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Wednesday, 4 November 2015

What really makes a great teacher?

So what really makes a great teacher? Last year, I asked my graduating class this question and their reply was interesting: great teachers are ones who care about students.

And this, to me, I think is the most important and rewarding part of teaching. Great teaching always happens in the context of a strong, supportive, and mutually respectful relationship. When a student knows that a teacher genuinely cares about his or her well-being and learning, then the student becomes deeply invested in the learning process. The more I think about it, the more I think that the teacher-student relationship is, in fact, the most essential pre-requisite for great teaching and deep learning.

I would add that the next essential element is a deep passion for one's subject matter and the teacher's own love of learning. If teachers are to inspire students, they need to be inspired themselves. They need to be scholars and model intellectual excitement for their students.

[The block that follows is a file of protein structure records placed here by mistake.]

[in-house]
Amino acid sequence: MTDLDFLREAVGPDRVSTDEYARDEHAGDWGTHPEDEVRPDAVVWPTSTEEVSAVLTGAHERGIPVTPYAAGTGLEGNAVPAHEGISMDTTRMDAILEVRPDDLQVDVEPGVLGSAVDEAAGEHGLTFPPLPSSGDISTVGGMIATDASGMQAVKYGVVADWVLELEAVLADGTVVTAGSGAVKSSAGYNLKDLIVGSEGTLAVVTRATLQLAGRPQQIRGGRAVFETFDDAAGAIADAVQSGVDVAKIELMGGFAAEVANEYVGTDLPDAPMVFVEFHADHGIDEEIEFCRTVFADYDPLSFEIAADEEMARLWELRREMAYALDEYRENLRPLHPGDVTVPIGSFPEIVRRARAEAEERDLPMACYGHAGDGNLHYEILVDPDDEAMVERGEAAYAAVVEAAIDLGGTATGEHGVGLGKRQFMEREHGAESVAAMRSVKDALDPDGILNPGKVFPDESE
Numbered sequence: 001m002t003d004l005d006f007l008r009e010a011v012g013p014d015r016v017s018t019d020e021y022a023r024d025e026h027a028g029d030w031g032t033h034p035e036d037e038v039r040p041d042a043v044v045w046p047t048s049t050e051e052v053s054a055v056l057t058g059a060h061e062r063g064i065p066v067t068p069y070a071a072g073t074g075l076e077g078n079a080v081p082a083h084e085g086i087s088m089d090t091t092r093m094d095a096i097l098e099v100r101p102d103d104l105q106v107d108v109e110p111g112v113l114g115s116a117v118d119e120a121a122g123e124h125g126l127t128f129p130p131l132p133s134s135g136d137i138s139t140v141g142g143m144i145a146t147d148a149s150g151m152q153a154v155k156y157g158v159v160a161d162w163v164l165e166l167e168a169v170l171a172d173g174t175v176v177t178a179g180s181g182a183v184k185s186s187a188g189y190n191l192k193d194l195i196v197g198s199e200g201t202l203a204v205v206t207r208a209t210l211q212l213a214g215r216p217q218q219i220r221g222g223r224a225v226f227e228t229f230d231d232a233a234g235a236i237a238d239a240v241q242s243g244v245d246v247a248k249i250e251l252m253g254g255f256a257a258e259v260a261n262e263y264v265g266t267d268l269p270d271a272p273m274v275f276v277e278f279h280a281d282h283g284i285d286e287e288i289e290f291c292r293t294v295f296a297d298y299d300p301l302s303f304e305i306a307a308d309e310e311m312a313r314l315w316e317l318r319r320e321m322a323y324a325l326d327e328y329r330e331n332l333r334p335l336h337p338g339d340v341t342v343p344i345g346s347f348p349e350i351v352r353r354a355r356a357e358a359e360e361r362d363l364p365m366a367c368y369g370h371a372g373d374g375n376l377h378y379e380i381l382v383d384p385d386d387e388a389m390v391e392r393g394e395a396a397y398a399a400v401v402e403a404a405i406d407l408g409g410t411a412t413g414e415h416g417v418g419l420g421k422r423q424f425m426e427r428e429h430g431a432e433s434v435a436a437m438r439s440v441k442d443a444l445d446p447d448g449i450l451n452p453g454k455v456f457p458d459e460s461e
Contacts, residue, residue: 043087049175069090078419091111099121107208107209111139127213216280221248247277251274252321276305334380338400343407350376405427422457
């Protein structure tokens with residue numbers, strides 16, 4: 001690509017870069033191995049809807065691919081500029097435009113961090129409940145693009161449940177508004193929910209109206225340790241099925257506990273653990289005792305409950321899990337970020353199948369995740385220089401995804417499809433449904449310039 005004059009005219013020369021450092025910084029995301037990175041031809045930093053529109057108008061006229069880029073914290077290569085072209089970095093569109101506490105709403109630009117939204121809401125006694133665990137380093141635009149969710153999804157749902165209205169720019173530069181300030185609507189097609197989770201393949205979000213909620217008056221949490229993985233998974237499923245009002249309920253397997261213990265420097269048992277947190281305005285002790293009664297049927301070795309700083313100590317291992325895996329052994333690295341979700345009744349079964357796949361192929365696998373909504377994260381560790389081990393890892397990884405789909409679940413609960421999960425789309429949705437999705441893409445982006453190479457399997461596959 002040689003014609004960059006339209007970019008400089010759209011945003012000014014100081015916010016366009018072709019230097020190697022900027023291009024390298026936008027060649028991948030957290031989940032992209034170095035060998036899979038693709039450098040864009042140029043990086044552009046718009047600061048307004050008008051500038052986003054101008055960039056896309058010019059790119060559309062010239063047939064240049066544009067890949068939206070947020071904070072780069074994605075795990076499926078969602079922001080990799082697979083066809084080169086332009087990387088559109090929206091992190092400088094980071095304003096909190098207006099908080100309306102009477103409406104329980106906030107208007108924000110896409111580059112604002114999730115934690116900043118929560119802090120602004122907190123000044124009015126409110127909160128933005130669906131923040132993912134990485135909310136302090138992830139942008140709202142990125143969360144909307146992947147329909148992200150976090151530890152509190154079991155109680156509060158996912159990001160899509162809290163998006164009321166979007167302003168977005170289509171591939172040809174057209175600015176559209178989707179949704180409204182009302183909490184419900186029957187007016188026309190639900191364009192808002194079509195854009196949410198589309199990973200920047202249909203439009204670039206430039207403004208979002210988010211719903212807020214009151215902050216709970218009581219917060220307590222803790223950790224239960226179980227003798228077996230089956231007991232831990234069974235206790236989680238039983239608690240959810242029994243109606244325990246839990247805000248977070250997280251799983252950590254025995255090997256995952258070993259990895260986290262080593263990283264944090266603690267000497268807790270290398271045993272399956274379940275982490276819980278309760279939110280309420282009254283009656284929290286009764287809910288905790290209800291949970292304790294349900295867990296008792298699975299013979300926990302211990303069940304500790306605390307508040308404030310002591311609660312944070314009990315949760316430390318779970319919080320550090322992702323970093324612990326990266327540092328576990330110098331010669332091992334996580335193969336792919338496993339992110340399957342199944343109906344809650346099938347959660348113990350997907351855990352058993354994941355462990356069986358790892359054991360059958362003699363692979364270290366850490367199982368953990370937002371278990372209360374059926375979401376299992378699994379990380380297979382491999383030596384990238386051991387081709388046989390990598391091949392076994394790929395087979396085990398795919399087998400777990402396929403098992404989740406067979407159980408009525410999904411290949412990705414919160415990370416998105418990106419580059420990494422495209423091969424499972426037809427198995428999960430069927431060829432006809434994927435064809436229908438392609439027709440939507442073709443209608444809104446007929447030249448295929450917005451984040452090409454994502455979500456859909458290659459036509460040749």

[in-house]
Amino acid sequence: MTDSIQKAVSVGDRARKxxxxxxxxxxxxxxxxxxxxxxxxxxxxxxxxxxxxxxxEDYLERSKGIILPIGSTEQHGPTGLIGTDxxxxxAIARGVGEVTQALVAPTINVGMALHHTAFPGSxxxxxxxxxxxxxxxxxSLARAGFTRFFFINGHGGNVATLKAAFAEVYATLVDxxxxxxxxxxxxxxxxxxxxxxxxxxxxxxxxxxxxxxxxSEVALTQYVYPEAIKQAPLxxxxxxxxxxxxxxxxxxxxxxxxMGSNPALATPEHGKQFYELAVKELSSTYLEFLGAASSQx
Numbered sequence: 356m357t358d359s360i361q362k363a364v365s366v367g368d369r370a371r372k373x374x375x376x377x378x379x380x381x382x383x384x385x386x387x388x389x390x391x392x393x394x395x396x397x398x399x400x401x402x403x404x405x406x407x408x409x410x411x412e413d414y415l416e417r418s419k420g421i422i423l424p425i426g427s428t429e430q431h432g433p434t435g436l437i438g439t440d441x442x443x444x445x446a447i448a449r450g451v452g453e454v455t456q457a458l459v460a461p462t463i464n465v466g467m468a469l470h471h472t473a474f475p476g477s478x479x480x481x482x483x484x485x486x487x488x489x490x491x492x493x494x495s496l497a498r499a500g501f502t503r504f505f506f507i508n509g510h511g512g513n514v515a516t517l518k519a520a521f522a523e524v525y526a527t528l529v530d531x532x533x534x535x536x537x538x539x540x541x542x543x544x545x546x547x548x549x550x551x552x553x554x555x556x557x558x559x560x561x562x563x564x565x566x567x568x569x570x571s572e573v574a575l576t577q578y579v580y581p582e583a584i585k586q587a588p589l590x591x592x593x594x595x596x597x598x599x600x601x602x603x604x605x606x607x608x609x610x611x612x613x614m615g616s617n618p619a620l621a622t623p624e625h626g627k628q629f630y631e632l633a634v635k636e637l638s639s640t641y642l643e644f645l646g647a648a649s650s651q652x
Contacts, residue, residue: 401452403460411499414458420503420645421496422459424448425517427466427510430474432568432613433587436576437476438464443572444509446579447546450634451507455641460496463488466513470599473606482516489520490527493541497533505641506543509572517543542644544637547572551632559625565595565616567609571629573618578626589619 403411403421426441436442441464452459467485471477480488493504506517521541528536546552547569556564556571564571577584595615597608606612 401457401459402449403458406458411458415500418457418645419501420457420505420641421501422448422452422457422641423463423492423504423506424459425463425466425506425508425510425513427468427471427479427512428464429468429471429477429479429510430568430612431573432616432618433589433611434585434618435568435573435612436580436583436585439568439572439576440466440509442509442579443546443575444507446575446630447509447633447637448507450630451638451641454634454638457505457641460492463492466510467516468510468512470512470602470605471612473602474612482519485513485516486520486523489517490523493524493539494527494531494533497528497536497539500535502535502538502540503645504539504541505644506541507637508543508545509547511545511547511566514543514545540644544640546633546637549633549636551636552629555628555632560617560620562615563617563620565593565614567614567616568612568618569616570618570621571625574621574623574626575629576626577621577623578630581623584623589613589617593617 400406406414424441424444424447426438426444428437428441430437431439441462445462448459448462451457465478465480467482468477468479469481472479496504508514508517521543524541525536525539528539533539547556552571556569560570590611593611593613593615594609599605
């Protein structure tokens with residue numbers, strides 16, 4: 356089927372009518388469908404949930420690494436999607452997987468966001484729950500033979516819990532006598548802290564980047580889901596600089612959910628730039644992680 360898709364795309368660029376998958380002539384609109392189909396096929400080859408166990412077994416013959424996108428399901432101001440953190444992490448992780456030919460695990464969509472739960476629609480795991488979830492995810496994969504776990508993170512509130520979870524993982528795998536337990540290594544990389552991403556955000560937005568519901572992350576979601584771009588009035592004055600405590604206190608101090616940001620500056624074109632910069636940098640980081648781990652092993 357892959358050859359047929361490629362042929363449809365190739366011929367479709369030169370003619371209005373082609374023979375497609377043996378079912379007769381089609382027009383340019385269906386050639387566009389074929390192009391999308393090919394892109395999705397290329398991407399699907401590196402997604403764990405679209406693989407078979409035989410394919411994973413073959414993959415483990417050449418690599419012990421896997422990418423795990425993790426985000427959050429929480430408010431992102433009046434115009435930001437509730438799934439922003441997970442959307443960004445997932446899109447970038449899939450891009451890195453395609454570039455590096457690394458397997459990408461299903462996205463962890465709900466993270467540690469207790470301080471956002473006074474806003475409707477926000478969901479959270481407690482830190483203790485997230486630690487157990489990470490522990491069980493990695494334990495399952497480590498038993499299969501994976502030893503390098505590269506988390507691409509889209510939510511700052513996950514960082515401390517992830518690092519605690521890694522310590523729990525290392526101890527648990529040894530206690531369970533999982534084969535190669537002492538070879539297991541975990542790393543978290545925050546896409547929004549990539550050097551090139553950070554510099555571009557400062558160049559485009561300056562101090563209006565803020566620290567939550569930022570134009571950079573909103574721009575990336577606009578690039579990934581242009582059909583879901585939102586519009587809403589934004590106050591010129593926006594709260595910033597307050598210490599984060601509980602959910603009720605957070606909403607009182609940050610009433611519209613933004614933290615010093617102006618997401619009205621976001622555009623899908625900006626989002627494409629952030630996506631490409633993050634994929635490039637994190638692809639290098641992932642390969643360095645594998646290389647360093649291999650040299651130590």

And finally, teachers need to work hard. Great teaching is very hard work. It's intellectually, emotionally, and even physically draining.

Increasingly, I find all the raging discussions about pedagogy somewhat irrelevant. Some great teachers are constructivist, others may use a more traditional approach. Some great teachers may run tightly ordered classroom with lots of rules, others may run more relaxed classrooms. Some great teachers may engage their students in lots of activities, others may choose more traditional lectures and discussions. Pedagogy, I think, is not so important because kids can learn in a wide range of ways, and great teaching can happen in many different forms.

However, what great teachers have in common are the following:
- They care about their students. And their students know it.
- They care about their subjects, and they demonstrate a deep love of learning themselves.
- They work hard. Very, very hard.

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